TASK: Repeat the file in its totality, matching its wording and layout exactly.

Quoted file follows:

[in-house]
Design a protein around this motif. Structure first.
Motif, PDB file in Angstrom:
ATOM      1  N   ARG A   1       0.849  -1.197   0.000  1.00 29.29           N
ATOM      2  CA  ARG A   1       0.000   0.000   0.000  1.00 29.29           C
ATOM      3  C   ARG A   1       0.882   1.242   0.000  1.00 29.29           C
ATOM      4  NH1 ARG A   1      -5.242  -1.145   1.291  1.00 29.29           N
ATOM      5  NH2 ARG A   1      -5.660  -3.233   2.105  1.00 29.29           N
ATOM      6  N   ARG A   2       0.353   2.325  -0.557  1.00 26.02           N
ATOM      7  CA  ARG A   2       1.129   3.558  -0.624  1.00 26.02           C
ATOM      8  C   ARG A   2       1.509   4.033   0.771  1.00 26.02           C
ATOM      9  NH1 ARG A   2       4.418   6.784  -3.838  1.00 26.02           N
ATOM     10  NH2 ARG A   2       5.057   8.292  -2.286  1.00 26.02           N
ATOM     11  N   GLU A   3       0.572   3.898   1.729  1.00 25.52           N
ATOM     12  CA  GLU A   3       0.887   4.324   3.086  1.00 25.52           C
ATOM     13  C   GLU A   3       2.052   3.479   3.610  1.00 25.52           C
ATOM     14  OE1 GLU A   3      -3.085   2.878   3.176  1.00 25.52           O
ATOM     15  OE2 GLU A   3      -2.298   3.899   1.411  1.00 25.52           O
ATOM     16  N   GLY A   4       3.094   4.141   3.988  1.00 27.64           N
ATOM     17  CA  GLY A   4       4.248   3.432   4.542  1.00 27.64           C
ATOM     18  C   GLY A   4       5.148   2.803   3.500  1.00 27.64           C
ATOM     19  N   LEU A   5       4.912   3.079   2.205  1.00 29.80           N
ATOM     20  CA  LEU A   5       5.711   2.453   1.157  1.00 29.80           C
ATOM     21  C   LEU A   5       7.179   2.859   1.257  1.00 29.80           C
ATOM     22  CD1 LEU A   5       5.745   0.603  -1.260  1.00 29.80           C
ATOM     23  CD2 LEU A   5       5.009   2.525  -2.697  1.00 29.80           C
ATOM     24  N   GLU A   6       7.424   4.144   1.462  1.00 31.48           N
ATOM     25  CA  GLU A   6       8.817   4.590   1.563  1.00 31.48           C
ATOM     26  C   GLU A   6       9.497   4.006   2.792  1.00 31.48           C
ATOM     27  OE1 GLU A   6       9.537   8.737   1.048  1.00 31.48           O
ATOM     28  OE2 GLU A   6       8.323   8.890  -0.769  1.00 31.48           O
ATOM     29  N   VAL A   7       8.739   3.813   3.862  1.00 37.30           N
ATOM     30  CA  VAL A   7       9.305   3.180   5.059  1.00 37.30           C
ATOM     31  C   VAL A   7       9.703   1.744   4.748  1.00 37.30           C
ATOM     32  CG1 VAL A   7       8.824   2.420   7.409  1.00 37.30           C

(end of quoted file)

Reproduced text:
[in-house]
Design a protein around this motif. Structure first.
Motif, PDB file in Angstrom:
ATOM      1  N   ARG A   1       0.849  -1.197   0.000  1.00 29.29           N
ATOM      2  CA  ARG A   1       0.000   0.000   0.000  1.00 29.29           C
ATOM      3  C   ARG A   1       0.882   1.242   0.000  1.00 29.29           C
ATOM      4  NH1 ARG A   1      -5.242  -1.145   1.291  1.00 29.29           N
ATOM      5  NH2 ARG A   1      -5.660  -3.233   2.105  1.00 29.29           N
ATOM      6  N   ARG A   2       0.353   2.325  -0.557  1.00 26.02           N
ATOM      7  CA  ARG A   2       1.129   3.558  -0.624  1.00 26.02           C
ATOM      8  C   ARG A   2       1.509   4.033   0.771  1.00 26.02           C
ATOM      9  NH1 ARG A   2       4.418   6.784  -3.838  1.00 26.02           N
ATOM     10  NH2 ARG A   2       5.057   8.292  -2.286  1.00 26.02           N
ATOM     11  N   GLU A   3       0.572   3.898   1.729  1.00 25.52           N
ATOM     12  CA  GLU A   3       0.887   4.324   3.086  1.00 25.52           C
ATOM     13  C   GLU A   3       2.052   3.479   3.610  1.00 25.52           C
ATOM     14  OE1 GLU A   3      -3.085   2.878   3.176  1.00 25.52           O
ATOM     15  OE2 GLU A   3      -2.298   3.899   1.411  1.00 25.52           O
ATOM     16  N   GLY A   4       3.094   4.141   3.988  1.00 27.64           N
ATOM     17  CA  GLY A   4       4.248   3.432   4.542  1.00 27.64           C
ATOM     18  C   GLY A   4       5.148   2.803   3.500  1.00 27.64           C
ATOM     19  N   LEU A   5       4.912   3.079   2.205  1.00 29.80           N
ATOM     20  CA  LEU A   5       5.711   2.453   1.157  1.00 29.80           C
ATOM     21  C   LEU A   5       7.179   2.859   1.257  1.00 29.80           C
ATOM     22  CD1 LEU A   5       5.745   0.603  -1.260  1.00 29.80           C
ATOM     23  CD2 LEU A   5       5.009   2.525  -2.697  1.00 29.80           C
ATOM     24  N   GLU A   6       7.424   4.144   1.462  1.00 31.48           N
ATOM     25  CA  GLU A   6       8.817   4.590   1.563  1.00 31.48           C
ATOM     26  C   GLU A   6       9.497   4.006   2.792  1.00 31.48           C
ATOM     27  OE1 GLU A   6       9.537   8.737   1.048  1.00 31.48           O
ATOM     28  OE2 GLU A   6       8.323   8.890  -0.769  1.00 31.48           O
ATOM     29  N   VAL A   7       8.739   3.813   3.862  1.00 37.30           N
ATOM     30  CA  VAL A   7       9.305   3.180   5.059  1.00 37.30           C
ATOM     31  C   VAL A   7       9.703   1.744   4.748  1.00 37.30           C
ATOM     32  CG1 VAL A   7       8.824   2.420   7.409  1.00 37.30           C